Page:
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I've said it before, and I'll keep on saying it: Few people really make the most of their training. Consequently, too few trainees experience the training high. While learning about the techniques others use-and about supposed advances-can sometimes be very helpful, what matters most
to you is the practical application of that knowledge. You should find an interpretation that works well for you and that involves experimentation and then do it and do it and do it.
Don't worry if you're not training exactly like someone else does. Don't agonize if your training is somewhat imperfect. Don't intellectualize things excessively. Never drop a productive program just because you're tempted to try something else. Change only the things that don't work. Be wary of anything that's touted as the "perfect routine.' Once on that slippery slope you'll almost certainly join the great mass of trainees who are buried in all the peripheral, marginal, downright irrelevant and often destructive routines that are often no more than financial rip-offs. Knuckle down long-term and pay the necessary dues on a proven program.
Had food supplements never been invented, had there never been any elite to ogle, had there never been any bodybuilding drugs or innovations in equipment beyond the basics of what a home gym needs, simple hard work would still yield results.
Don't waste chunks of your life before finally learning this truth. So few people learn it, and nearly all who do must first waste years, if not decades, before grasping it. What usually happens, though, is people assume that resistance training cannot work for them and give up. Determined, dedicated, abbreviated, focused, basics- first training doesn't just deliver muscle and strength, which are in themselves enormously satisfying.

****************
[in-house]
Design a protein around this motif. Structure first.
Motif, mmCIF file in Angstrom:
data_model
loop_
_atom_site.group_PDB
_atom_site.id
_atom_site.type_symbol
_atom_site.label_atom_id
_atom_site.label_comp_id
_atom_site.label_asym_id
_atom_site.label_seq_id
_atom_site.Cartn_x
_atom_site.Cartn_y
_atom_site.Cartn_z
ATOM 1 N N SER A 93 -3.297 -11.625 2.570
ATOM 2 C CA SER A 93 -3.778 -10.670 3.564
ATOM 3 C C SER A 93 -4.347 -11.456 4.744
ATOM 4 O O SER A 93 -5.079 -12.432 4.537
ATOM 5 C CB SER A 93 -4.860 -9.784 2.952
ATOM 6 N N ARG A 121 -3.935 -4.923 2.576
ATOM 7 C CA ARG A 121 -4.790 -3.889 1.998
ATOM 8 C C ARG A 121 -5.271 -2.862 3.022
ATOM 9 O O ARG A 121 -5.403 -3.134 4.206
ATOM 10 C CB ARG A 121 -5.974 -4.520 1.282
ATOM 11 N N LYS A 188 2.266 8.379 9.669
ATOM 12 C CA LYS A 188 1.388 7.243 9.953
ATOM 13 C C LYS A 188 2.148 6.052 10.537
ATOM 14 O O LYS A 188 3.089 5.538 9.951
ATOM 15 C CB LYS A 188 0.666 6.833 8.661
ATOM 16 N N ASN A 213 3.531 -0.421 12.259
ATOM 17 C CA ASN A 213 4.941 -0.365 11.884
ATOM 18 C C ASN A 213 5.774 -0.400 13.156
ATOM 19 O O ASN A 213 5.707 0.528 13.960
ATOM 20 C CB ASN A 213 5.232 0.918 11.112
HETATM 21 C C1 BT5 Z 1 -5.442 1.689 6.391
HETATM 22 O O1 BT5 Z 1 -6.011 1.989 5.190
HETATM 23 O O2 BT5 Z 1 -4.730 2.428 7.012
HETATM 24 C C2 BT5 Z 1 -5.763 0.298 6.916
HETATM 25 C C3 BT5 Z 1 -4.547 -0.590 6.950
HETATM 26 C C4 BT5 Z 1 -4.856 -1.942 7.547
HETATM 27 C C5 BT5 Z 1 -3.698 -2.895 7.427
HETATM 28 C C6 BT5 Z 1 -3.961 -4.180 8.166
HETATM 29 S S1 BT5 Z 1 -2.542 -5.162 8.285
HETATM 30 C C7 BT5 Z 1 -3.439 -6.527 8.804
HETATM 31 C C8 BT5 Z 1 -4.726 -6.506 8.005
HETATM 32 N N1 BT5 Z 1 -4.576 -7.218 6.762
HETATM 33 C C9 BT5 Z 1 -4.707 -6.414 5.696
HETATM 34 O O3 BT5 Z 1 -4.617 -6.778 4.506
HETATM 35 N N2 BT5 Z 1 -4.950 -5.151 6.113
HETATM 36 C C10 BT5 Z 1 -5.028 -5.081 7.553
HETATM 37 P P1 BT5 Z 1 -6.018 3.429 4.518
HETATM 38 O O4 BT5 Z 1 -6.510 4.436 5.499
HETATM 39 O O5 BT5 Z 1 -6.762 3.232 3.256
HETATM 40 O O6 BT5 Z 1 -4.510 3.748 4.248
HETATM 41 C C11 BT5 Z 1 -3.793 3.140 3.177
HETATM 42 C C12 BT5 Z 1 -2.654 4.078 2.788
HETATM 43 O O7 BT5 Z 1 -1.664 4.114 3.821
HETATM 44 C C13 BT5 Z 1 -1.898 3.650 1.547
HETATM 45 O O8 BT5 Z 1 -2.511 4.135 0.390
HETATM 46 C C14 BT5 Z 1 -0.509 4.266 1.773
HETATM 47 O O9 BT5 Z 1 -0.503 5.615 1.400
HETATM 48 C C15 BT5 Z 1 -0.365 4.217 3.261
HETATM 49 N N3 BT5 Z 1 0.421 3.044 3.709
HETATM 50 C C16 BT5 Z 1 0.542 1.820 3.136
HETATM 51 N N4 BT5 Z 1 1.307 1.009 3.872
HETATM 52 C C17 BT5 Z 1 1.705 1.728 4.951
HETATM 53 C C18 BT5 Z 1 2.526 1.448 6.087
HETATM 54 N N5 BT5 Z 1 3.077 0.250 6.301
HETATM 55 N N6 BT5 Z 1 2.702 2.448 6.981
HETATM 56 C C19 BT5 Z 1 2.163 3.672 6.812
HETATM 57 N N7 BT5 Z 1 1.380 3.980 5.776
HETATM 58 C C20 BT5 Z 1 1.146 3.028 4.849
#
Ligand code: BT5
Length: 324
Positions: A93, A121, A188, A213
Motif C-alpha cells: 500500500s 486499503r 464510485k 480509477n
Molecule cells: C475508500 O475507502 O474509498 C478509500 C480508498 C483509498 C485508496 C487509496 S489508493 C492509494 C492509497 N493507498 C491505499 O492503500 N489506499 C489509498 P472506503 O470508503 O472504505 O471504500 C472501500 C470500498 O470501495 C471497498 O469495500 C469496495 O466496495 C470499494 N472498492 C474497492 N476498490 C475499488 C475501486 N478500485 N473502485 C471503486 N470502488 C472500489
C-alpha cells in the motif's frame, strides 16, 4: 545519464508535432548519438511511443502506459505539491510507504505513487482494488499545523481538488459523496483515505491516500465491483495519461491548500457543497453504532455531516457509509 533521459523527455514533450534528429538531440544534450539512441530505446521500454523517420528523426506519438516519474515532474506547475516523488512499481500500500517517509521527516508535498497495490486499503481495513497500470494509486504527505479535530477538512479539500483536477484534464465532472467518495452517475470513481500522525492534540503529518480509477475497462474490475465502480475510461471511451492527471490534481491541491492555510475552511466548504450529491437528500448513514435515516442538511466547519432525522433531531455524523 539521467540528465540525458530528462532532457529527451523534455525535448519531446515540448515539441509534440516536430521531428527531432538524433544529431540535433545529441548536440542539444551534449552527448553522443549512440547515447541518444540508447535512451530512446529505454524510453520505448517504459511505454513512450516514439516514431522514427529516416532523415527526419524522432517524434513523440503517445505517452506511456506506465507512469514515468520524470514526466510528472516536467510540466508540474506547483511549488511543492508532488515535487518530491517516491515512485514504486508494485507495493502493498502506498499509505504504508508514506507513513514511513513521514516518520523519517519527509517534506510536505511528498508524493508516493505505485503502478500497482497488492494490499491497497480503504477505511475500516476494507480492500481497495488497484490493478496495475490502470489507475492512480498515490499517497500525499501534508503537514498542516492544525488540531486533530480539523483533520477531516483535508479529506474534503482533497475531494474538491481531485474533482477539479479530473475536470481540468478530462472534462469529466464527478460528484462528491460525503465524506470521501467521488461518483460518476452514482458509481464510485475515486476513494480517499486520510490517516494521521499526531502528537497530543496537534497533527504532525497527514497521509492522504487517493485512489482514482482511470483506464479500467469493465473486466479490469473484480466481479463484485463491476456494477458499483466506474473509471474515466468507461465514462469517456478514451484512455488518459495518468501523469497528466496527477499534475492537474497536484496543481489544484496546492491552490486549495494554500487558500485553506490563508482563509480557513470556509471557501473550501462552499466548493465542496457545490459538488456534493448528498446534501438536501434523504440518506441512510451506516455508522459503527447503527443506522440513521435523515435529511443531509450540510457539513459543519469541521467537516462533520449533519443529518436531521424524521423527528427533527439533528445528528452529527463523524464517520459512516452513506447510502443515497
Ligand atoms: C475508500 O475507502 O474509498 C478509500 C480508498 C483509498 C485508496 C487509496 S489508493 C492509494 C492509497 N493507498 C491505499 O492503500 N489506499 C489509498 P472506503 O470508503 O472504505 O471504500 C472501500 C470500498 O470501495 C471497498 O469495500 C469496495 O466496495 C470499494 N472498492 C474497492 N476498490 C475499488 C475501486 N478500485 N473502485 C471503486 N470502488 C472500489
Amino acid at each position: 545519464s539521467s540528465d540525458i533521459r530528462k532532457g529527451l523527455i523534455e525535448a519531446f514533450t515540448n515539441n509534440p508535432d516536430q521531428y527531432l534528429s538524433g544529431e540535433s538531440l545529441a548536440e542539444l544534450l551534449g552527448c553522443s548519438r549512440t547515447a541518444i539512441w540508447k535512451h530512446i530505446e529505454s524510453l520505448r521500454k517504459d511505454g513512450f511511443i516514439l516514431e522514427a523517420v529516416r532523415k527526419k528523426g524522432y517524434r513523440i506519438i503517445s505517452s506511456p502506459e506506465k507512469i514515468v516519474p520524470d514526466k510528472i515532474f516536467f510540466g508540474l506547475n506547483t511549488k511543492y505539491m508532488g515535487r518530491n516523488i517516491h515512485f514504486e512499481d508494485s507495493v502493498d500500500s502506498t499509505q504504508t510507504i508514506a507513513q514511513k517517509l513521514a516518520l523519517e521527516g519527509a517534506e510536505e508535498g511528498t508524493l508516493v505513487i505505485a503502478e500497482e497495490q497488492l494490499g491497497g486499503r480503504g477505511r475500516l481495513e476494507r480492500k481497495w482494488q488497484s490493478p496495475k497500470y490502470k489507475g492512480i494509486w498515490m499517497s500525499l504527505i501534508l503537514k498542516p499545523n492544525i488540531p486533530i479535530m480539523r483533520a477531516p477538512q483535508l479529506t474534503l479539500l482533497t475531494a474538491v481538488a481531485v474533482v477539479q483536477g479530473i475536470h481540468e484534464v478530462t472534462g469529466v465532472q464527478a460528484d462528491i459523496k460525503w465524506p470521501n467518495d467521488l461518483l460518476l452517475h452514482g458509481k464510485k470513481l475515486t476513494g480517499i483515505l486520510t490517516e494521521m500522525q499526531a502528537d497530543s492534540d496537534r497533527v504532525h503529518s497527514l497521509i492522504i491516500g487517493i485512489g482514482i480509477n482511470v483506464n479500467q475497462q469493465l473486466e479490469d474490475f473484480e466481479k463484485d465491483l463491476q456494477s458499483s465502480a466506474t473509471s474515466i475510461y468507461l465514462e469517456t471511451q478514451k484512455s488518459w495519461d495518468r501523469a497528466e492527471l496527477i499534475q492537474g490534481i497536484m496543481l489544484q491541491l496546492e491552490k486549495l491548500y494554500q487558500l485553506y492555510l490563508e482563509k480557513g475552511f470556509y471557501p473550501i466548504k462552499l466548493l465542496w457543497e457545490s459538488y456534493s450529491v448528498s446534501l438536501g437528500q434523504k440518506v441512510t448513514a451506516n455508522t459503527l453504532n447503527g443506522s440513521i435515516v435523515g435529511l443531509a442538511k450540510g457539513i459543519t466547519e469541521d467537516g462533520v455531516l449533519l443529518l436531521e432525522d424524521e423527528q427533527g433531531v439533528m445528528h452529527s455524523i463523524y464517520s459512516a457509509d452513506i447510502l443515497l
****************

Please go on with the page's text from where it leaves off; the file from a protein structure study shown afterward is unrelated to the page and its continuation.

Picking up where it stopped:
It also brings you joy because it brings workout-by-workout satisfaction from realizing small amounts of progress. Effective training makes you feel better. You revel in and thus apply even more zeal. Then you make greater gains. The confidence you develop may carry over to other areas of your life. The enormous value of focus and organization in the gym shows you the way to go when you're outside the gym. Training is a self-centered activity, hut when your training works, it's much, much more than that.
While you may have to cut corners often to accommodate the circumstances of life, it's a good idea to schedule one of your workouts on the weekend, when you probably have fewer demands on your time. When you make time for your training and then train well, shower and eat, you experience the training high you wouldn't exchange for anything. Make the most of your training.